Mikhail M. Zadornov knows how to sit in the hot seat without getting burned. For nearly four years, the 34-year-old economist has held the toughest job in Russia's Duma: chairman of its budget committee. One of the few liberal reformers in the 450-member parliament, he won the respect of Communists and nationalists through hard work and professionalism. Now, Zadornov has been tapped by President Boris N. Yeltsin for one of the toughest jobs in the Kremlin--Finance Minister.
Zadornov is the standard-bearer of a new generation of Russian reformers whose idealism is tempered by experience. The recent ethics scandal that almost toppled Yeltsin's chief reformer, First Deputy Prime Minister Anatoly B. Chubais, sparked fears of a serious reversal in Russian reforms. Chubais lost three key aides, his Finance Ministry portfolio, and credibility. Paradoxically, the crisis illustrates that support for the market economy has penetrated deep into Russia's institutions of government. As the sixth anniversary of the collapse of the Soviet Union approaches, a new team of pragmatic reformers is coming to the fore.
They are the technocrats who believe in the market economy but can also hammer out deals with their Communist foes. Many come from business, regional politics, or the Duma (table). Others worked their way up through the bureaucracy. They are less ideological than Chubais and other members of Yeltsin's original reform team. And because they are not identified with the pain of the early reform years, they don't act as lightning rods for the opposition. That enhances their chances of pushing key measures such as the budget through the Duma. Says Mikhail Berger, chief editor of the daily Sevognya: "It can be compared to the point in Western history when people were elected President who had not fought in World War II. Now, in Russia, people who weren't engaged in the battles of 1991-92 are moving into [high] positions."
Russia's regions are key breeding grounds for the new politicians. From 1992 through 1996, Russia's governors were appointed by Yeltsin. But in late 1996 and early 1997, virtually every governor and mayor had to stand in an election. The new responsibility to perform or be ousted by the voters has sparked a renaissance in local politics. Some leaders, such as Mikhail M. Prussak, 37, governor of Novgorod, a region north of St. Petersburg, have gained prominence through progressive policies on foreign investment or taxes.
YOUNG BOYS CLUB. Increasingly, Yeltsin is filling his Cabinet with such experienced regional politicians instead of theoretical economists. It started in March when he appointed Boris Nemtsov, the popular 37-year-old governor of Nizhny Novgorod, as First Deputy Prime Minister. Nemtsov, who had made Nizhny Novgorod a showcase of reforms, asked two local colleagues to help him. Boris A. Brevnov, 29, a banker, was named chairman of Unified Energy System, Russia's electric power monopoly. And Sergei V. Kirienko, 35, a banker and oil company executive, became first deputy minister of the Fuel & Energy Ministry. He was recently appointed minister.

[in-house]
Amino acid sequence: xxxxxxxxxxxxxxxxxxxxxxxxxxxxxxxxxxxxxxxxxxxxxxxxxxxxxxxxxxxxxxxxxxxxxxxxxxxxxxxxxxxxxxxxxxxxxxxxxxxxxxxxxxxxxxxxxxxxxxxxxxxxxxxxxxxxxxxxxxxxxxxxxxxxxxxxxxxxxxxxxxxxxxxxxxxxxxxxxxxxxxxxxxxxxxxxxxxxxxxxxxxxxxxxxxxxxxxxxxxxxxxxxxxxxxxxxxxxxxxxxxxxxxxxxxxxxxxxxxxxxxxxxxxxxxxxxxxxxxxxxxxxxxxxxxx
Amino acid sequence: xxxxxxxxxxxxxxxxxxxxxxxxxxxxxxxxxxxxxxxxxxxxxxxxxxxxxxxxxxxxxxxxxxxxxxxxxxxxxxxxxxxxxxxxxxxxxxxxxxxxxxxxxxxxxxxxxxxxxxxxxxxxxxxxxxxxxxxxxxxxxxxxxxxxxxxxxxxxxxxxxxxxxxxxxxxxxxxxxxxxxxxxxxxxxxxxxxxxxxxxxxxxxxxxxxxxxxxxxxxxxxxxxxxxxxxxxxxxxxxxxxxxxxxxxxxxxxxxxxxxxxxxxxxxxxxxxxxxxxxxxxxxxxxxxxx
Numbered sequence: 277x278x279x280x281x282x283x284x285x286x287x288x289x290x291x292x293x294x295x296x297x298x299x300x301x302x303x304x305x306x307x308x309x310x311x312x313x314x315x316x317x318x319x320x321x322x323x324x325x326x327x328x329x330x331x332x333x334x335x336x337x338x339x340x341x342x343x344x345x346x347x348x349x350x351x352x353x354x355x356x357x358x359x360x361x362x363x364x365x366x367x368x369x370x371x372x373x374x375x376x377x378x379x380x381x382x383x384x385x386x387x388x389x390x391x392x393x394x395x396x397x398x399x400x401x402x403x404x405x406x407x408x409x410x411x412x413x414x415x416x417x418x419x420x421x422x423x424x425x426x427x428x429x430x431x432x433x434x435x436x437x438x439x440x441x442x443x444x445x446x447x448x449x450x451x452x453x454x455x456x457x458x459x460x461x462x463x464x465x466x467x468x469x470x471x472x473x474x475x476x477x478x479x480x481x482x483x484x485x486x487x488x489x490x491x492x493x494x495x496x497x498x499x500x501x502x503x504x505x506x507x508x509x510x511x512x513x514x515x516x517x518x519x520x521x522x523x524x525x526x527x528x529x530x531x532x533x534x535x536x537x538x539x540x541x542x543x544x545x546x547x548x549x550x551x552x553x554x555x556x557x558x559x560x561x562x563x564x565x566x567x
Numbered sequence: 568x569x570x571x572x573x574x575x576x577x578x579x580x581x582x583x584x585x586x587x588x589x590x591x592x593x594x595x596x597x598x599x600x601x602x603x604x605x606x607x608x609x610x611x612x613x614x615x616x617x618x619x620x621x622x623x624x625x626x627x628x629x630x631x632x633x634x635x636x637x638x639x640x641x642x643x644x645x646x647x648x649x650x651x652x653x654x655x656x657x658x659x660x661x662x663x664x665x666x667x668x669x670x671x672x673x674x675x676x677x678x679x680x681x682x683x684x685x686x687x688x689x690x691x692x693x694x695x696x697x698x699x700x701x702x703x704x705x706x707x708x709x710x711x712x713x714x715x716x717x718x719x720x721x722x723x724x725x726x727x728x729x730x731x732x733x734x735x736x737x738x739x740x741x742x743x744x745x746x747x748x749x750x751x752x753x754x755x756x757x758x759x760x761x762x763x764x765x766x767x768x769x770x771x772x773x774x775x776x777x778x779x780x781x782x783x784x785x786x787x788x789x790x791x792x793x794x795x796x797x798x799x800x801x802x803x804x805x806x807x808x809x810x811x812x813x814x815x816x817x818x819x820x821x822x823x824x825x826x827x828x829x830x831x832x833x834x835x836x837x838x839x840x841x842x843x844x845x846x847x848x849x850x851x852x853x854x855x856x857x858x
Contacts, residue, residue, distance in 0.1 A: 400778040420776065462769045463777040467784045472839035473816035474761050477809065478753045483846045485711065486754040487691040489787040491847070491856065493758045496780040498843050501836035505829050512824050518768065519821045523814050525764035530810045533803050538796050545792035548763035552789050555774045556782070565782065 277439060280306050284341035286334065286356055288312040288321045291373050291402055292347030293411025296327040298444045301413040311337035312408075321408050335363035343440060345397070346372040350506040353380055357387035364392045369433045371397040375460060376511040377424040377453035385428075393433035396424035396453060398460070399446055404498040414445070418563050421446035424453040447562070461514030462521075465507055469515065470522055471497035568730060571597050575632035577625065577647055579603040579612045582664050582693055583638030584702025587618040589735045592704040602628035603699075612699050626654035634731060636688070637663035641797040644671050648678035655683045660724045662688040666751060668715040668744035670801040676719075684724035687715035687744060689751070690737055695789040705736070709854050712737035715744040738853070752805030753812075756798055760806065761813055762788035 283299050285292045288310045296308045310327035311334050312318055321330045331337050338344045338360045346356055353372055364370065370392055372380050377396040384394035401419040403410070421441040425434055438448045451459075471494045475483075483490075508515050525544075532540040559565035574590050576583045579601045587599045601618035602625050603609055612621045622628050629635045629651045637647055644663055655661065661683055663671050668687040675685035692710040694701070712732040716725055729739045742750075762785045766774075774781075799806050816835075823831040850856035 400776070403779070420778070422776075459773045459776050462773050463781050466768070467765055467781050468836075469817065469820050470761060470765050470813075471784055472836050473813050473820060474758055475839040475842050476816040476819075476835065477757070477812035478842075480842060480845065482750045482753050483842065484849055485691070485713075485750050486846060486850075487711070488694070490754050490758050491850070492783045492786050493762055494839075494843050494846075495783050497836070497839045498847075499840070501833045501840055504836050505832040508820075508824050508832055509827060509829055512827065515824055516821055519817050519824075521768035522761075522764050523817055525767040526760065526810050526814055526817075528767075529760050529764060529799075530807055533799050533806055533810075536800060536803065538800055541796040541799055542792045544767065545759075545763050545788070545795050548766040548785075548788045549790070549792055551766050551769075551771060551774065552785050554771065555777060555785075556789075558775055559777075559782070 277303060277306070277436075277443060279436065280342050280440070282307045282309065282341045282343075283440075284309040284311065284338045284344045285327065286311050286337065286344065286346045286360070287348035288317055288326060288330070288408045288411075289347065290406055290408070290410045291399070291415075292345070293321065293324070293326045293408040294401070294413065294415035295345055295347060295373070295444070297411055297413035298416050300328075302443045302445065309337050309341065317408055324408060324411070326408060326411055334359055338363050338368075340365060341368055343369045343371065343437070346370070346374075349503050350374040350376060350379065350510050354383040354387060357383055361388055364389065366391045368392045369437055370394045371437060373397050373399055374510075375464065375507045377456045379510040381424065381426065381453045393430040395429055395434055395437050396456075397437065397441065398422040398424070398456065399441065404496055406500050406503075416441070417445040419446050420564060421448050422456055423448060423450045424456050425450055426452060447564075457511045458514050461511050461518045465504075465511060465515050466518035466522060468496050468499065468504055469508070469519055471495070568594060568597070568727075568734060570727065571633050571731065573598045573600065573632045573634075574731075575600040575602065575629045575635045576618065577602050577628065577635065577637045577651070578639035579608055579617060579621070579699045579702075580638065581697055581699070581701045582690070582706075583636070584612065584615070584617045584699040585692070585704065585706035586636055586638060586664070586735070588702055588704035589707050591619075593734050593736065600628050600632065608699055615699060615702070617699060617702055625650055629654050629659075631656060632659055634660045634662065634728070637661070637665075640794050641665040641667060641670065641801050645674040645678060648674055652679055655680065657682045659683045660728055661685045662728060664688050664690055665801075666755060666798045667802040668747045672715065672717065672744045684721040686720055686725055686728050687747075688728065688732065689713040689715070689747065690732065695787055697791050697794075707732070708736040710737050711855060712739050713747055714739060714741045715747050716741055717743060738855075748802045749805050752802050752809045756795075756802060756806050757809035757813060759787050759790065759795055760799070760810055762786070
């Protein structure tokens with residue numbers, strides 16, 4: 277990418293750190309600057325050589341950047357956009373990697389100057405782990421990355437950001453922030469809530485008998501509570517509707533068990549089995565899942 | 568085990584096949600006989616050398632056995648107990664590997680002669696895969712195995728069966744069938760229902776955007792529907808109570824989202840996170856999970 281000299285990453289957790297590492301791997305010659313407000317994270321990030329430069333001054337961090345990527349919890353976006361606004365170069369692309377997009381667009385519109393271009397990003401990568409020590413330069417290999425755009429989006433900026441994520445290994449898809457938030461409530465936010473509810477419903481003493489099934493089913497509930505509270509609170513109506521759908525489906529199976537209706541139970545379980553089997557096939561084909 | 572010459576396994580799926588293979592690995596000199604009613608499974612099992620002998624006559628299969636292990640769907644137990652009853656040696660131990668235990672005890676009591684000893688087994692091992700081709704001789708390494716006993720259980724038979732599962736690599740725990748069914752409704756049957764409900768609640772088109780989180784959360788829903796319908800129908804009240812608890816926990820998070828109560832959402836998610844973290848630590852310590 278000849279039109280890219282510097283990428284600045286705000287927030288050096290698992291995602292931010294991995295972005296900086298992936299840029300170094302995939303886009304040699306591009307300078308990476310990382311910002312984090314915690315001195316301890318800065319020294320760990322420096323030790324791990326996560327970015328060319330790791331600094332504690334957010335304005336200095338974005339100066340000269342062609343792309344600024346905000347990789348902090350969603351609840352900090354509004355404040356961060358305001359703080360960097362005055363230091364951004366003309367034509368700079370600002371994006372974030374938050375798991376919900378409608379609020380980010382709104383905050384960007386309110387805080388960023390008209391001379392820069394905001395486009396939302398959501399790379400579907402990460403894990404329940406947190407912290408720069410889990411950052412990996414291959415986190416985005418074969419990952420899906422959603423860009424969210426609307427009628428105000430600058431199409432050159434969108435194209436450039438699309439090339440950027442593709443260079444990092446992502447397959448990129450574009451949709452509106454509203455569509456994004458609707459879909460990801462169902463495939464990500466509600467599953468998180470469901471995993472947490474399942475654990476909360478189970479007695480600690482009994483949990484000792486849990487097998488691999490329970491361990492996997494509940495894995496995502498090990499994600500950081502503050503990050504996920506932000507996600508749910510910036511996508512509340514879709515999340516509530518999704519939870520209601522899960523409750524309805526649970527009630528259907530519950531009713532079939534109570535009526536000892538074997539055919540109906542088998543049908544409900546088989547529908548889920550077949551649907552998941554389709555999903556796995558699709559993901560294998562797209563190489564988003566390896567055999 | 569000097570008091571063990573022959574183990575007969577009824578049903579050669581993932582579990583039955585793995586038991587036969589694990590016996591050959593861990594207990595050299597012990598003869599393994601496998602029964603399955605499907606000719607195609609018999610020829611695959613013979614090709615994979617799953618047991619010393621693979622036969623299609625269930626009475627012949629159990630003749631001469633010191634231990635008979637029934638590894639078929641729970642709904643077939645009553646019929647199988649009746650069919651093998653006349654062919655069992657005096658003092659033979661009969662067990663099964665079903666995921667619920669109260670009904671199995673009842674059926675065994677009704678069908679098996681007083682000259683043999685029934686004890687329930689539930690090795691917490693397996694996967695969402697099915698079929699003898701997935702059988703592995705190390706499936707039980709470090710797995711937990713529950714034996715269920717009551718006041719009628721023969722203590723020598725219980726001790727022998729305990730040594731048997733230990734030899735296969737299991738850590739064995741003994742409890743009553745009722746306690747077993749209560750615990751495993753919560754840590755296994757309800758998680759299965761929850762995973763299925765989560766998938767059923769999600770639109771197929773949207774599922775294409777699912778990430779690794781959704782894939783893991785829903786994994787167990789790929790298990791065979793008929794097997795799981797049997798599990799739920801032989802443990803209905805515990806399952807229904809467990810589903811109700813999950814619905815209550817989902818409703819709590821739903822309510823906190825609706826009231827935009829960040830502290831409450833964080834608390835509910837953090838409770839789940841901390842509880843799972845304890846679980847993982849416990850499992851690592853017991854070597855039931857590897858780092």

Duma politicians are also finding a place in the Yeltsin government. Zadornov is the most prominent. But he was preceded by two others. Alexander P. Pochinok, 39, an economist from Chelyabinsk in the Ural Mountains, is the head of Russia's Federal Tax Service. Irina M. Khakamada, 42, a businesswoman who has been in the Duma since 1993, was named Russia's first Medium & Small Business Minister.
Still, good politicians do not always make effective administrators. Pochinok's liberal credentials are impeccable, for example. He was one of the first independent democrats elected to parliament in 1990. But he has not improved tax collections since taking over the tax service. Nemtsov's attempts to restructure giants such as Gazprom have been only partially successful. And it's not clear that Zadornov's allies in the Duma will support the government's budget and tax code just because their former colleague is now the government's lobbyist.
YELTSIN'S SIGNAL. For now, Chubais remains the leading light of reform. He has survived because Yeltsin values his superb administrative skills. Moreover, to Western governments and investors, Chubais epitomizes Russia's economic transformation. Yeltsin wants him in place to soothe their nerves at a dicey time for currency and securities markets. Close to $5 billion has been withdrawn by foreigners from Russia's government bond market in the past month as investors have reacted to the crisis in global capital markets.
But Chubais won't stay in power forever. By bringing on a new generation, Yeltsin is sending a clear signal that he plans to keep improving Russia's market economy. Boris Nemtsov, whom Yeltsin would prefer as his successor, recently declared in the weekly Novaya Gazeta that the battle between communism and capitalism is over. "The subject of the present debate," he added, "is which type of market Russia needs." Political tussles will continue in Russia, but they'll focus more on how to regulate the market--and increasingly involve Russia's new generation of reformers.